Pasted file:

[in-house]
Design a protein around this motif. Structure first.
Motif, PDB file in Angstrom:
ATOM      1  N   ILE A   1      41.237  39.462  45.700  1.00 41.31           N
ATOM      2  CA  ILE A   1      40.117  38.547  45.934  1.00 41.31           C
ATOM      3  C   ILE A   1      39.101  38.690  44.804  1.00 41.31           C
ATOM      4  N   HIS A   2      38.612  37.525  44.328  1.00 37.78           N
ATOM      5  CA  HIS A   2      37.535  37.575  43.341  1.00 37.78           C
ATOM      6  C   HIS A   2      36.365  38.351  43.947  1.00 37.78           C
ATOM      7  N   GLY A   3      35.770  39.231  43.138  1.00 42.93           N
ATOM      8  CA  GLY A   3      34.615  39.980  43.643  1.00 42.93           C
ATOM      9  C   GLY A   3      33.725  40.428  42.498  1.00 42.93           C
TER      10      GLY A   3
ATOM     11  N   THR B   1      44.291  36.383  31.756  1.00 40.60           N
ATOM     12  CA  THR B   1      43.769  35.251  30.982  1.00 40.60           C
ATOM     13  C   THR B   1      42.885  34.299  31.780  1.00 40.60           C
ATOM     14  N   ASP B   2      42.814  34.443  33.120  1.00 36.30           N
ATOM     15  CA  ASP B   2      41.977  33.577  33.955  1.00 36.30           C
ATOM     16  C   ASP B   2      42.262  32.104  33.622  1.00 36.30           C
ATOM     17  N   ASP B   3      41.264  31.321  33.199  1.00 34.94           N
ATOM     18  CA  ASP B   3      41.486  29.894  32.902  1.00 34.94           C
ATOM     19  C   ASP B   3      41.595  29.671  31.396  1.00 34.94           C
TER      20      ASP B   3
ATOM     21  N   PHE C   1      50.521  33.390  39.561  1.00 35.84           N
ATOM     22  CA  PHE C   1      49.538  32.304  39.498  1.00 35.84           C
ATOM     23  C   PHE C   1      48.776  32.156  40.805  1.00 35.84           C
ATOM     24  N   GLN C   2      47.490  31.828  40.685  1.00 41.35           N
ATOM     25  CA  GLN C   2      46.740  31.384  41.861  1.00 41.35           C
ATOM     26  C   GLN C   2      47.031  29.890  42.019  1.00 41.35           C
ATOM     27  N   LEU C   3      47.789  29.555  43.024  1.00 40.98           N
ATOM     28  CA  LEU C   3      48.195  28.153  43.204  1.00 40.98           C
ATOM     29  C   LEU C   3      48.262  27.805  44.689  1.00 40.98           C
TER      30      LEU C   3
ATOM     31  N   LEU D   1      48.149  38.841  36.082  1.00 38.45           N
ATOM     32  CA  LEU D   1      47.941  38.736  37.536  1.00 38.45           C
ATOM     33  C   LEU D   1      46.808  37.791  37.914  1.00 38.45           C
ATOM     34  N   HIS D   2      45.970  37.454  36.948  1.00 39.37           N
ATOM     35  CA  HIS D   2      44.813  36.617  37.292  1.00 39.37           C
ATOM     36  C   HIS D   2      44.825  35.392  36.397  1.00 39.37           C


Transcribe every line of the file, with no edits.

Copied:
[in-house]
Design a protein around this motif. Structure first.
Motif, PDB file in Angstrom:
ATOM      1  N   ILE A   1      41.237  39.462  45.700  1.00 41.31           N
ATOM      2  CA  ILE A   1      40.117  38.547  45.934  1.00 41.31           C
ATOM      3  C   ILE A   1      39.101  38.690  44.804  1.00 41.31           C
ATOM      4  N   HIS A   2      38.612  37.525  44.328  1.00 37.78           N
ATOM      5  CA  HIS A   2      37.535  37.575  43.341  1.00 37.78           C
ATOM      6  C   HIS A   2      36.365  38.351  43.947  1.00 37.78           C
ATOM      7  N   GLY A   3      35.770  39.231  43.138  1.00 42.93           N
ATOM      8  CA  GLY A   3      34.615  39.980  43.643  1.00 42.93           C
ATOM      9  C   GLY A   3      33.725  40.428  42.498  1.00 42.93           C
TER      10      GLY A   3
ATOM     11  N   THR B   1      44.291  36.383  31.756  1.00 40.60           N
ATOM     12  CA  THR B   1      43.769  35.251  30.982  1.00 40.60           C
ATOM     13  C   THR B   1      42.885  34.299  31.780  1.00 40.60           C
ATOM     14  N   ASP B   2      42.814  34.443  33.120  1.00 36.30           N
ATOM     15  CA  ASP B   2      41.977  33.577  33.955  1.00 36.30           C
ATOM     16  C   ASP B   2      42.262  32.104  33.622  1.00 36.30           C
ATOM     17  N   ASP B   3      41.264  31.321  33.199  1.00 34.94           N
ATOM     18  CA  ASP B   3      41.486  29.894  32.902  1.00 34.94           C
ATOM     19  C   ASP B   3      41.595  29.671  31.396  1.00 34.94           C
TER      20      ASP B   3
ATOM     21  N   PHE C   1      50.521  33.390  39.561  1.00 35.84           N
ATOM     22  CA  PHE C   1      49.538  32.304  39.498  1.00 35.84           C
ATOM     23  C   PHE C   1      48.776  32.156  40.805  1.00 35.84           C
ATOM     24  N   GLN C   2      47.490  31.828  40.685  1.00 41.35           N
ATOM     25  CA  GLN C   2      46.740  31.384  41.861  1.00 41.35           C
ATOM     26  C   GLN C   2      47.031  29.890  42.019  1.00 41.35           C
ATOM     27  N   LEU C   3      47.789  29.555  43.024  1.00 40.98           N
ATOM     28  CA  LEU C   3      48.195  28.153  43.204  1.00 40.98           C
ATOM     29  C   LEU C   3      48.262  27.805  44.689  1.00 40.98           C
TER      30      LEU C   3
ATOM     31  N   LEU D   1      48.149  38.841  36.082  1.00 38.45           N
ATOM     32  CA  LEU D   1      47.941  38.736  37.536  1.00 38.45           C
ATOM     33  C   LEU D   1      46.808  37.791  37.914  1.00 38.45           C
ATOM     34  N   HIS D   2      45.970  37.454  36.948  1.00 39.37           N
ATOM     35  CA  HIS D   2      44.813  36.617  37.292  1.00 39.37           C
ATOM     36  C   HIS D   2      44.825  35.392  36.397  1.00 39.37           C